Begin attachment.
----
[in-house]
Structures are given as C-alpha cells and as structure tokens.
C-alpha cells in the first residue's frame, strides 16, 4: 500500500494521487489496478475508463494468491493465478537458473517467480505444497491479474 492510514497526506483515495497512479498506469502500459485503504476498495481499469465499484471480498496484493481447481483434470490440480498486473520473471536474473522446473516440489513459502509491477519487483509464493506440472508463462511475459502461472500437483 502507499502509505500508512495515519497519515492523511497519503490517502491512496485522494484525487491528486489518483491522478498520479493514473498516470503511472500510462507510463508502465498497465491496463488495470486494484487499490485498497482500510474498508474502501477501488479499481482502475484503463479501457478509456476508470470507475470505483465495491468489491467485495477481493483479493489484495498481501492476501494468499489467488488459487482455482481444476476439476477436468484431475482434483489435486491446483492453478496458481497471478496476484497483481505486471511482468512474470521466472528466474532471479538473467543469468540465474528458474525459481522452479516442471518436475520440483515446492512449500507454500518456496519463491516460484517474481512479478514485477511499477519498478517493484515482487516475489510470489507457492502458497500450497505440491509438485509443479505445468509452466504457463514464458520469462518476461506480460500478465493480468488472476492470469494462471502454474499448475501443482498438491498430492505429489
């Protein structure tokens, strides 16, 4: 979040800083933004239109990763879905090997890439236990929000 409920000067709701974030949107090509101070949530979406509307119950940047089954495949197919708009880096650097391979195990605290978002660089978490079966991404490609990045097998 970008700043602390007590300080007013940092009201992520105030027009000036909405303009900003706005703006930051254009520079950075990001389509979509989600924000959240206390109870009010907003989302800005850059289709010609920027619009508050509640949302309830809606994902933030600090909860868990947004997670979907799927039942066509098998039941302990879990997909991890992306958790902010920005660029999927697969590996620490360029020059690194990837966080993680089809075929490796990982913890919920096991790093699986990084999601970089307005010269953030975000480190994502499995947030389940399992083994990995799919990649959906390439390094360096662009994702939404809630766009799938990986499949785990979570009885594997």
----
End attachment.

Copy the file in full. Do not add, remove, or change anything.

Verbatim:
[in-house]
Structures are given as C-alpha cells and as structure tokens.
C-alpha cells in the first residue's frame, strides 16, 4: 500500500494521487489496478475508463494468491493465478537458473517467480505444497491479474 492510514497526506483515495497512479498506469502500459485503504476498495481499469465499484471480498496484493481447481483434470490440480498486473520473471536474473522446473516440489513459502509491477519487483509464493506440472508463462511475459502461472500437483 502507499502509505500508512495515519497519515492523511497519503490517502491512496485522494484525487491528486489518483491522478498520479493514473498516470503511472500510462507510463508502465498497465491496463488495470486494484487499490485498497482500510474498508474502501477501488479499481482502475484503463479501457478509456476508470470507475470505483465495491468489491467485495477481493483479493489484495498481501492476501494468499489467488488459487482455482481444476476439476477436468484431475482434483489435486491446483492453478496458481497471478496476484497483481505486471511482468512474470521466472528466474532471479538473467543469468540465474528458474525459481522452479516442471518436475520440483515446492512449500507454500518456496519463491516460484517474481512479478514485477511499477519498478517493484515482487516475489510470489507457492502458497500450497505440491509438485509443479505445468509452466504457463514464458520469462518476461506480460500478465493480468488472476492470469494462471502454474499448475501443482498438491498430492505429489
């Protein structure tokens, strides 16, 4: 979040800083933004239109990763879905090997890439236990929000 409920000067709701974030949107090509101070949530979406509307119950940047089954495949197919708009880096650097391979195990605290978002660089978490079966991404490609990045097998 970008700043602390007590300080007013940092009201992520105030027009000036909405303009900003706005703006930051254009520079950075990001389509979509989600924000959240206390109870009010907003989302800005850059289709010609920027619009508050509640949302309830809606994902933030600090909860868990947004997670979907799927039942066509098998039941302990879990997909991890992306958790902010920005660029999927697969590996620490360029020059690194990837966080993680089809075929490796990982913890919920096991790093699986990084999601970089307005010269953030975000480190994502499995947030389940399992083994990995799919990649959906390439390094360096662009994702939404809630766009799938990986499949785990979570009885594997």